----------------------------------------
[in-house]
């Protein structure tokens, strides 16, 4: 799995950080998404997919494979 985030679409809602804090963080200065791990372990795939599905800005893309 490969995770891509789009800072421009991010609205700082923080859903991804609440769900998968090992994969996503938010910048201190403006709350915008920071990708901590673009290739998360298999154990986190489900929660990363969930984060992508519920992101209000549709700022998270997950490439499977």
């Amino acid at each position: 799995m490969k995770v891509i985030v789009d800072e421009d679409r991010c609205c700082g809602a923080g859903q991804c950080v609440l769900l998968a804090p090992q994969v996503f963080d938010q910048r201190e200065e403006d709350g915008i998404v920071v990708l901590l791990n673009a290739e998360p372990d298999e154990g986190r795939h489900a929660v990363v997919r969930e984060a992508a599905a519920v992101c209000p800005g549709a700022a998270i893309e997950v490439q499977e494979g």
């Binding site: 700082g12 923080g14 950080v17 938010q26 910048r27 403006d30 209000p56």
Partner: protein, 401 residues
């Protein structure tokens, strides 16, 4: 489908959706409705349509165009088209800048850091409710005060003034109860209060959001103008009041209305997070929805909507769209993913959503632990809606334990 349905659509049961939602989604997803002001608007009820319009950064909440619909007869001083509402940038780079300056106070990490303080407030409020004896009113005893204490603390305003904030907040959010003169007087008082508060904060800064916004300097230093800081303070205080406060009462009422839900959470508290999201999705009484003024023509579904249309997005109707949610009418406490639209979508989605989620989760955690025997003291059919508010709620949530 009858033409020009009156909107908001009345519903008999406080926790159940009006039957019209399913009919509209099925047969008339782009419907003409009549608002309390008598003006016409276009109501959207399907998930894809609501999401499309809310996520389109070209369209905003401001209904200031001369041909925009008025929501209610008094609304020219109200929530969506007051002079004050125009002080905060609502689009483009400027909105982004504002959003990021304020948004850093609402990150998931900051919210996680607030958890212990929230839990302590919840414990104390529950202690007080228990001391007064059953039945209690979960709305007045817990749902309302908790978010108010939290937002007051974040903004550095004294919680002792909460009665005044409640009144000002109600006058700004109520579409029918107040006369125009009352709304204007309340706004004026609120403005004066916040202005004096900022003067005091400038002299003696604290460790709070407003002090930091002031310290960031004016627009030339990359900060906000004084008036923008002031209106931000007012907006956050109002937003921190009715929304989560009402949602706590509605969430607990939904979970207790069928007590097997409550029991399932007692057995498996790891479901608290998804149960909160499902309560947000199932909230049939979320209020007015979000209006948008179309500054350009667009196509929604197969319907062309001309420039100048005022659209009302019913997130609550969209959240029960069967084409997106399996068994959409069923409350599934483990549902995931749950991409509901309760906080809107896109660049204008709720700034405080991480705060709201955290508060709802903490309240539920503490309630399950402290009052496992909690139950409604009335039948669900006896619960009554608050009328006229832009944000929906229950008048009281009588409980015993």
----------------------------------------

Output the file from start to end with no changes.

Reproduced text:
[in-house]
């Protein structure tokens, strides 16, 4: 799995950080998404997919494979 985030679409809602804090963080200065791990372990795939599905800005893309 490969995770891509789009800072421009991010609205700082923080859903991804609440769900998968090992994969996503938010910048201190403006709350915008920071990708901590673009290739998360298999154990986190489900929660990363969930984060992508519920992101209000549709700022998270997950490439499977």
């Amino acid at each position: 799995m490969k995770v891509i985030v789009d800072e421009d679409r991010c609205c700082g809602a923080g859903q991804c950080v609440l769900l998968a804090p090992q994969v996503f963080d938010q910048r201190e200065e403006d709350g915008i998404v920071v990708l901590l791990n673009a290739e998360p372990d298999e154990g986190r795939h489900a929660v990363v997919r969930e984060a992508a599905a519920v992101c209000p800005g549709a700022a998270i893309e997950v490439q499977e494979g």
């Binding site: 700082g12 923080g14 950080v17 938010q26 910048r27 403006d30 209000p56």
Partner: protein, 401 residues
């Protein structure tokens, strides 16, 4: 489908959706409705349509165009088209800048850091409710005060003034109860209060959001103008009041209305997070929805909507769209993913959503632990809606334990 349905659509049961939602989604997803002001608007009820319009950064909440619909007869001083509402940038780079300056106070990490303080407030409020004896009113005893204490603390305003904030907040959010003169007087008082508060904060800064916004300097230093800081303070205080406060009462009422839900959470508290999201999705009484003024023509579904249309997005109707949610009418406490639209979508989605989620989760955690025997003291059919508010709620949530 009858033409020009009156909107908001009345519903008999406080926790159940009006039957019209399913009919509209099925047969008339782009419907003409009549608002309390008598003006016409276009109501959207399907998930894809609501999401499309809310996520389109070209369209905003401001209904200031001369041909925009008025929501209610008094609304020219109200929530969506007051002079004050125009002080905060609502689009483009400027909105982004504002959003990021304020948004850093609402990150998931900051919210996680607030958890212990929230839990302590919840414990104390529950202690007080228990001391007064059953039945209690979960709305007045817990749902309302908790978010108010939290937002007051974040903004550095004294919680002792909460009665005044409640009144000002109600006058700004109520579409029918107040006369125009009352709304204007309340706004004026609120403005004066916040202005004096900022003067005091400038002299003696604290460790709070407003002090930091002031310290960031004016627009030339990359900060906000004084008036923008002031209106931000007012907006956050109002937003921190009715929304989560009402949602706590509605969430607990939904979970207790069928007590097997409550029991399932007692057995498996790891479901608290998804149960909160499902309560947000199932909230049939979320209020007015979000209006948008179309500054350009667009196509929604197969319907062309001309420039100048005022659209009302019913997130609550969209959240029960069967084409997106399996068994959409069923409350599934483990549902995931749950991409509901309760906080809107896109660049204008709720700034405080991480705060709201955290508060709802903490309240539920503490309630399950402290009052496992909690139950409604009335039948669900006896619960009554608050009328006229832009944000929906229950008048009281009588409980015993």